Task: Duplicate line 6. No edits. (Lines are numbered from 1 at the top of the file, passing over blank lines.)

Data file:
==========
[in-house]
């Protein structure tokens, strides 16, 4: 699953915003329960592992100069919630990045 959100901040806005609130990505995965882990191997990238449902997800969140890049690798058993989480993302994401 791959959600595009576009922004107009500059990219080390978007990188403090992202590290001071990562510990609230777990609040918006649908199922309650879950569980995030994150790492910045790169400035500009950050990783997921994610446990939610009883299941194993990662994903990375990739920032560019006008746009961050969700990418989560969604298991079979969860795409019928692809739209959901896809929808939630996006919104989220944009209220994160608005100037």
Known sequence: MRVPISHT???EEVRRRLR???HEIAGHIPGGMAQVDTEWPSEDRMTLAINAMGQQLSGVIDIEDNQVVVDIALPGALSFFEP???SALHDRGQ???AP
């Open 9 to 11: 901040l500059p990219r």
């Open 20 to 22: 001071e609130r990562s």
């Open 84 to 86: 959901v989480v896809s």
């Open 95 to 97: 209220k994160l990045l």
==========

């Open 84 to 86: 959901v989480v896809s």